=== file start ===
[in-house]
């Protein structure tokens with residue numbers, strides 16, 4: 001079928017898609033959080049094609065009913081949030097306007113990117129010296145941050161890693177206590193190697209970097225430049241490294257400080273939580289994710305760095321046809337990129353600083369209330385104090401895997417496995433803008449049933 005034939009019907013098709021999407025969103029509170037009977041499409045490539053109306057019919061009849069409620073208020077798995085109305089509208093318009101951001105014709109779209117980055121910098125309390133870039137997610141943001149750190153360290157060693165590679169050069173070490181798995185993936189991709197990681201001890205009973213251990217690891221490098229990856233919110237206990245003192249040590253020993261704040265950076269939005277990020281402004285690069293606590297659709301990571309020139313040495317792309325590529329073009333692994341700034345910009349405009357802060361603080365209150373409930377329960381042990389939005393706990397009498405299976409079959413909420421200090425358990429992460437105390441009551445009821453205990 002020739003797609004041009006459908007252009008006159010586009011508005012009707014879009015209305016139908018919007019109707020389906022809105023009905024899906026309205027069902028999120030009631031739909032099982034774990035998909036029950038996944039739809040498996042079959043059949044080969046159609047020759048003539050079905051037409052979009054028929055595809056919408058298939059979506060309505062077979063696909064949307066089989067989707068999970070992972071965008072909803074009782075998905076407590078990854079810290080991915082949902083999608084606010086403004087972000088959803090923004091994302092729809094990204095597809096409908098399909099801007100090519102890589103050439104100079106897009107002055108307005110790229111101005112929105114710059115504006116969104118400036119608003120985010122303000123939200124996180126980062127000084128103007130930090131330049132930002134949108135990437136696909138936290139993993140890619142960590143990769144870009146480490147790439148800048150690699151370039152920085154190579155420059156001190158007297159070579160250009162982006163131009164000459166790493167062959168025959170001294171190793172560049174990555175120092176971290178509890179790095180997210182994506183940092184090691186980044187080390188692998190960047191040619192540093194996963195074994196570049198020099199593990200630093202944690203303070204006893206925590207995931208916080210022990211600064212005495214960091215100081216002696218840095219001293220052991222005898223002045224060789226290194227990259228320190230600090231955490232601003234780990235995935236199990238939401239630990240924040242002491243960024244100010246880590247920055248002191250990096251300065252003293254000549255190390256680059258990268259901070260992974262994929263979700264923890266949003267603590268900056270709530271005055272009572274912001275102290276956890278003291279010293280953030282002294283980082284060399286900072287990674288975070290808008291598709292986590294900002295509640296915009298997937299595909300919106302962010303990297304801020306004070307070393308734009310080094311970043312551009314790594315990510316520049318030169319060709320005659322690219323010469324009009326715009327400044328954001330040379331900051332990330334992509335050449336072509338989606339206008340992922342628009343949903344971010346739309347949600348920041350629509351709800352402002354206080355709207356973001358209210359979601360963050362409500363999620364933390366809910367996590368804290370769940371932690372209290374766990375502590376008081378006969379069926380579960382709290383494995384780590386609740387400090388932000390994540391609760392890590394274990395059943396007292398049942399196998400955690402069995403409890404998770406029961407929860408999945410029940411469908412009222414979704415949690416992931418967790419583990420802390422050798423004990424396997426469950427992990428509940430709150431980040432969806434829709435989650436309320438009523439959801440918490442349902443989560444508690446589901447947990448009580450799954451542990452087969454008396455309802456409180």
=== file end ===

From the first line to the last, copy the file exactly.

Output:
[in-house]
């Protein structure tokens with residue numbers, strides 16, 4: 001079928017898609033959080049094609065009913081949030097306007113990117129010296145941050161890693177206590193190697209970097225430049241490294257400080273939580289994710305760095321046809337990129353600083369209330385104090401895997417496995433803008449049933 005034939009019907013098709021999407025969103029509170037009977041499409045490539053109306057019919061009849069409620073208020077798995085109305089509208093318009101951001105014709109779209117980055121910098125309390133870039137997610141943001149750190153360290157060693165590679169050069173070490181798995185993936189991709197990681201001890205009973213251990217690891221490098229990856233919110237206990245003192249040590253020993261704040265950076269939005277990020281402004285690069293606590297659709301990571309020139313040495317792309325590529329073009333692994341700034345910009349405009357802060361603080365209150373409930377329960381042990389939005393706990397009498405299976409079959413909420421200090425358990429992460437105390441009551445009821453205990 002020739003797609004041009006459908007252009008006159010586009011508005012009707014879009015209305016139908018919007019109707020389906022809105023009905024899906026309205027069902028999120030009631031739909032099982034774990035998909036029950038996944039739809040498996042079959043059949044080969046159609047020759048003539050079905051037409052979009054028929055595809056919408058298939059979506060309505062077979063696909064949307066089989067989707068999970070992972071965008072909803074009782075998905076407590078990854079810290080991915082949902083999608084606010086403004087972000088959803090923004091994302092729809094990204095597809096409908098399909099801007100090519102890589103050439104100079106897009107002055108307005110790229111101005112929105114710059115504006116969104118400036119608003120985010122303000123939200124996180126980062127000084128103007130930090131330049132930002134949108135990437136696909138936290139993993140890619142960590143990769144870009146480490147790439148800048150690699151370039152920085154190579155420059156001190158007297159070579160250009162982006163131009164000459166790493167062959168025959170001294171190793172560049174990555175120092176971290178509890179790095180997210182994506183940092184090691186980044187080390188692998190960047191040619192540093194996963195074994196570049198020099199593990200630093202944690203303070204006893206925590207995931208916080210022990211600064212005495214960091215100081216002696218840095219001293220052991222005898223002045224060789226290194227990259228320190230600090231955490232601003234780990235995935236199990238939401239630990240924040242002491243960024244100010246880590247920055248002191250990096251300065252003293254000549255190390256680059258990268259901070260992974262994929263979700264923890266949003267603590268900056270709530271005055272009572274912001275102290276956890278003291279010293280953030282002294283980082284060399286900072287990674288975070290808008291598709292986590294900002295509640296915009298997937299595909300919106302962010303990297304801020306004070307070393308734009310080094311970043312551009314790594315990510316520049318030169319060709320005659322690219323010469324009009326715009327400044328954001330040379331900051332990330334992509335050449336072509338989606339206008340992922342628009343949903344971010346739309347949600348920041350629509351709800352402002354206080355709207356973001358209210359979601360963050362409500363999620364933390366809910367996590368804290370769940371932690372209290374766990375502590376008081378006969379069926380579960382709290383494995384780590386609740387400090388932000390994540391609760392890590394274990395059943396007292398049942399196998400955690402069995403409890404998770406029961407929860408999945410029940411469908412009222414979704415949690416992931418967790419583990420802390422050798423004990424396997426469950427992990428509940430709150431980040432969806434829709435989650436309320438009523439959801440918490442349902443989560444508690446589901447947990448009580450799954451542990452087969454008396455309802456409180």